Latest & greatest articles for ibuprofen

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Top results for ibuprofen

101. Effects of sulindac and ibuprofen in patients with chronic glomerular disease. Evidence for the dependence of renal function on prostacyclin. (Abstract)

Effects of sulindac and ibuprofen in patients with chronic glomerular disease. Evidence for the dependence of renal function on prostacyclin. We investigated whether the glomerular synthesis of prostacyclin modulates the renal blood flow and glomerular filtration rate in chronic glomerular disease. The urinary excretion of 6-keto-prostaglandin F1 alpha, a stable breakdown product of prostacyclin, was significantly (P less than 0.01) reduced in 20 women with chronic glomerular disease (...) , as compared with 19 controls, whereas excretion of urinary prostaglandin E2 was unchanged. In 10 patients randomly assigned to one week of treatment with ibuprofen, excretion of urinary 6-keto-prostaglandin F1 alpha and prostaglandin E2 was reduced by 80 per cent, the level of serum creatinine was increased by 40 per cent, and creatinine and para-aminohippurate clearances were reduced by 28 and 35 per cent, respectively. The reduction of both clearances was inversely related (P less than 0.01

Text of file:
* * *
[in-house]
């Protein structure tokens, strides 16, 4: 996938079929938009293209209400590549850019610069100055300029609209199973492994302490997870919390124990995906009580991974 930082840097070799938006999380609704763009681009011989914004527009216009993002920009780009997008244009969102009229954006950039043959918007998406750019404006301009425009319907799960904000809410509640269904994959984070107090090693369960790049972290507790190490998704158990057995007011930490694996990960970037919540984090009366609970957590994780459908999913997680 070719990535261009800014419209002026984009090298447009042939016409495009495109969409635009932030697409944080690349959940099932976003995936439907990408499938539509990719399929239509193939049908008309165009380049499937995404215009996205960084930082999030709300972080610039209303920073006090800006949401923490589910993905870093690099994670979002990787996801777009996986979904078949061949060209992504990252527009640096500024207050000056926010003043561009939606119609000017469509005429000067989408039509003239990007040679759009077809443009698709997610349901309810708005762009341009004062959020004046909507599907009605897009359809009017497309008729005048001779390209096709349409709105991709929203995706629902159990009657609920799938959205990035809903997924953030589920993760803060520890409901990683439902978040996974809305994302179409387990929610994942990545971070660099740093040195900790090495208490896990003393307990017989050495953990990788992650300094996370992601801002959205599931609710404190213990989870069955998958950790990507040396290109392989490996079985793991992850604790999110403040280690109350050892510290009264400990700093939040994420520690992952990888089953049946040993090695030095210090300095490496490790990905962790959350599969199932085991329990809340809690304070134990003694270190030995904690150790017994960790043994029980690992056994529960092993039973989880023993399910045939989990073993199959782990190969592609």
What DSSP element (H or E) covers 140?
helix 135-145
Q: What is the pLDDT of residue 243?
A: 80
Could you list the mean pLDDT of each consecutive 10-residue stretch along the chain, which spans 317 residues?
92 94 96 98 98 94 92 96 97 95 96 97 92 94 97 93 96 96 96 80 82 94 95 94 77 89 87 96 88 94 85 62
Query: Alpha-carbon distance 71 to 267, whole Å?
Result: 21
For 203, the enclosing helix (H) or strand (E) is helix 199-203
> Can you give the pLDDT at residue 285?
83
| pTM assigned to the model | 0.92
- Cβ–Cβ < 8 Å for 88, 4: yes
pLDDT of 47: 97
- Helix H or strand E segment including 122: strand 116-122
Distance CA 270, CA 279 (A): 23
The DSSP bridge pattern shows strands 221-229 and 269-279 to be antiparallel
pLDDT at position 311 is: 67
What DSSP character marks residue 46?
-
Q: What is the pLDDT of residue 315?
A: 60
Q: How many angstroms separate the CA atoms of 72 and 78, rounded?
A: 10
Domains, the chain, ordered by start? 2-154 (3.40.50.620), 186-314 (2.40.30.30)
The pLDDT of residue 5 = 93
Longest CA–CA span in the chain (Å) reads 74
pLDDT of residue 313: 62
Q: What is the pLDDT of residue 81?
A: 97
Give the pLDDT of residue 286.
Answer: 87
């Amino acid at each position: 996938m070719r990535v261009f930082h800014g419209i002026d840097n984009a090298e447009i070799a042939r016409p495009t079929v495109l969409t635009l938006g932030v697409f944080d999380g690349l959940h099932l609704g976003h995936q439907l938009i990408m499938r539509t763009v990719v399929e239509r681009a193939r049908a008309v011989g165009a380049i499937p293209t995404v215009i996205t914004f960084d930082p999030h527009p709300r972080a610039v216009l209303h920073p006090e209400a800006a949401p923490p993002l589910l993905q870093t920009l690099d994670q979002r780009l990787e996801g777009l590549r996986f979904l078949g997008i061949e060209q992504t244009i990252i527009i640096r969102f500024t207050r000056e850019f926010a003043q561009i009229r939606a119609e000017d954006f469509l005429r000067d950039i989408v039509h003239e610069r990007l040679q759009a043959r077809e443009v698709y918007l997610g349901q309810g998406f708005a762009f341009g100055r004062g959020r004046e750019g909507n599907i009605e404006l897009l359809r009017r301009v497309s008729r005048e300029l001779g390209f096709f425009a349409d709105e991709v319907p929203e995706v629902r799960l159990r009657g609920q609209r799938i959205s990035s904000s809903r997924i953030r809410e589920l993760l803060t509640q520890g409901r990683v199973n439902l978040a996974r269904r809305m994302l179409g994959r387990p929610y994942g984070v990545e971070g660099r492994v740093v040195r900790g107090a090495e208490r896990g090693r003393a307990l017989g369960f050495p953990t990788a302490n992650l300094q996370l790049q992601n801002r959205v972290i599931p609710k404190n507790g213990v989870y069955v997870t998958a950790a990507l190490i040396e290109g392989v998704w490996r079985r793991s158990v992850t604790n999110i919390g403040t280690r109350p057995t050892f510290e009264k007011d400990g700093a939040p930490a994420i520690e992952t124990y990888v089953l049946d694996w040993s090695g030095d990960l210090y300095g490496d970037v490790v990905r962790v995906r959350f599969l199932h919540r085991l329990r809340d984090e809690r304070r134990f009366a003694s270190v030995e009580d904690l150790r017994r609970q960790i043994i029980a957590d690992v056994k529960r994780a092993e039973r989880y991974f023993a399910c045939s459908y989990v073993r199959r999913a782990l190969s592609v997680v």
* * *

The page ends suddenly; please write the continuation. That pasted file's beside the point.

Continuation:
1984 NEJM Controlled trial quality: uncertain

102. Ibuprofen or aspirin in rheumatoid arthritis therapy. (Abstract)

Ibuprofen or aspirin in rheumatoid arthritis therapy. Ibuprofen is a nonsteroidal drug with analgesic, antipyretic, and anti-inflammatory properties that was recently introduced for use in antiarthritis therapy in the United States. In a year-long double-blind multiclinic trial in 885 patients with rheumatoid arthritis, ibuprofen was at least as satisfactory as aspirin, considering both efficacy and tolerance. In the majority of patients, daily doses ranged from 800 to 1,600 mg of ibuprofen (...) and 3 to 6 gm of aspirin. The drugs did not differ greatly in providing relief from arthritis symptoms, but ibuprofen was definitely better tolerated, especially in regard to gastrointestinal complaints. Seven percent of the ibuprofen group dropped out of the study because of adverse reactions, as compared with 16% of the aspirin group; 17% of the ibuprofen group and 31% of the aspirin group had gastrointestinal symptoms.

1975 JAMA Controlled trial quality: uncertain